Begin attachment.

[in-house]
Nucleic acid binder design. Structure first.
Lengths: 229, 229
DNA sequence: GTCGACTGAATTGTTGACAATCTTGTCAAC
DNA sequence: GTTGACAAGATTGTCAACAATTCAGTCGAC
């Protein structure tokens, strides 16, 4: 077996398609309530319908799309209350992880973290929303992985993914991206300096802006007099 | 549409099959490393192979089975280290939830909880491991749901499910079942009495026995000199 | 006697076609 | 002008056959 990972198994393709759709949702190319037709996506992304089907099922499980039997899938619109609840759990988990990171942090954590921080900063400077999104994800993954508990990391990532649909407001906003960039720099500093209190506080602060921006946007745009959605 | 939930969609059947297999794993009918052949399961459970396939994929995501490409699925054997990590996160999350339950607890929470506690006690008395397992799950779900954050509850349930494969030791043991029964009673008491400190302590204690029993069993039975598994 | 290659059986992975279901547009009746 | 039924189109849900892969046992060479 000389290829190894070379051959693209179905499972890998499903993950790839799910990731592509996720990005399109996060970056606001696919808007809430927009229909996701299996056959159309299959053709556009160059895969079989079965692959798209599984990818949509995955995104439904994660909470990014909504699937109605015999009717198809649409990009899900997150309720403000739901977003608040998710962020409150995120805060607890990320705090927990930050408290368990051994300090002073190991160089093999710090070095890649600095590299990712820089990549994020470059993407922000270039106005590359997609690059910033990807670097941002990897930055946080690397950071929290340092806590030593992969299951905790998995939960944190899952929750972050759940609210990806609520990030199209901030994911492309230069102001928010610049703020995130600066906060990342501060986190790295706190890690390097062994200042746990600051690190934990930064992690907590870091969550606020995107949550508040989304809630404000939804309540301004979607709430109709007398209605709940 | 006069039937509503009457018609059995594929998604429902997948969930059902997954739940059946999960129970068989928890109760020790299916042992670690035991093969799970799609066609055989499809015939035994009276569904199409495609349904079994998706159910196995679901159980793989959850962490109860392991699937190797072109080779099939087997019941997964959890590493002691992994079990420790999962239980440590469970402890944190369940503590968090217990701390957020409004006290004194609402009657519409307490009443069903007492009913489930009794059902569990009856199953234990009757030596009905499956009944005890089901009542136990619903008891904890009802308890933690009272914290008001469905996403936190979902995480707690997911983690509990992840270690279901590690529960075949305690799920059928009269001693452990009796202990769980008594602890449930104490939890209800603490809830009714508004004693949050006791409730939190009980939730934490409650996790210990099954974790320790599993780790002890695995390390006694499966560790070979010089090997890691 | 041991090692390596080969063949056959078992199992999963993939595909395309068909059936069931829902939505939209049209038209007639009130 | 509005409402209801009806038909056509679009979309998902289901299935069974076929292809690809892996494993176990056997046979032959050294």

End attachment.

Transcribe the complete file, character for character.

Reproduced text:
[in-house]
Nucleic acid binder design. Structure first.
Lengths: 229, 229
DNA sequence: GTCGACTGAATTGTTGACAATCTTGTCAAC
DNA sequence: GTTGACAAGATTGTCAACAATTCAGTCGAC
């Protein structure tokens, strides 16, 4: 077996398609309530319908799309209350992880973290929303992985993914991206300096802006007099 | 549409099959490393192979089975280290939830909880491991749901499910079942009495026995000199 | 006697076609 | 002008056959 990972198994393709759709949702190319037709996506992304089907099922499980039997899938619109609840759990988990990171942090954590921080900063400077999104994800993954508990990391990532649909407001906003960039720099500093209190506080602060921006946007745009959605 | 939930969609059947297999794993009918052949399961459970396939994929995501490409699925054997990590996160999350339950607890929470506690006690008395397992799950779900954050509850349930494969030791043991029964009673008491400190302590204690029993069993039975598994 | 290659059986992975279901547009009746 | 039924189109849900892969046992060479 000389290829190894070379051959693209179905499972890998499903993950790839799910990731592509996720990005399109996060970056606001696919808007809430927009229909996701299996056959159309299959053709556009160059895969079989079965692959798209599984990818949509995955995104439904994660909470990014909504699937109605015999009717198809649409990009899900997150309720403000739901977003608040998710962020409150995120805060607890990320705090927990930050408290368990051994300090002073190991160089093999710090070095890649600095590299990712820089990549994020470059993407922000270039106005590359997609690059910033990807670097941002990897930055946080690397950071929290340092806590030593992969299951905790998995939960944190899952929750972050759940609210990806609520990030199209901030994911492309230069102001928010610049703020995130600066906060990342501060986190790295706190890690390097062994200042746990600051690190934990930064992690907590870091969550606020995107949550508040989304809630404000939804309540301004979607709430109709007398209605709940 | 006069039937509503009457018609059995594929998604429902997948969930059902997954739940059946999960129970068989928890109760020790299916042992670690035991093969799970799609066609055989499809015939035994009276569904199409495609349904079994998706159910196995679901159980793989959850962490109860392991699937190797072109080779099939087997019941997964959890590493002691992994079990420790999962239980440590469970402890944190369940503590968090217990701390957020409004006290004194609402009657519409307490009443069903007492009913489930009794059902569990009856199953234990009757030596009905499956009944005890089901009542136990619903008891904890009802308890933690009272914290008001469905996403936190979902995480707690997911983690509990992840270690279901590690529960075949305690799920059928009269001693452990009796202990769980008594602890449930104490939890209800603490809830009714508004004693949050006791409730939190009980939730934490409650996790210990099954974790320790599993780790002890695995390390006694499966560790070979010089090997890691 | 041991090692390596080969063949056959078992199992999963993939595909395309068909059936069931829902939505939209049209038209007639009130 | 509005409402209801009806038909056509679009979309998902289901299935069974076929292809690809892996494993176990056997046979032959050294």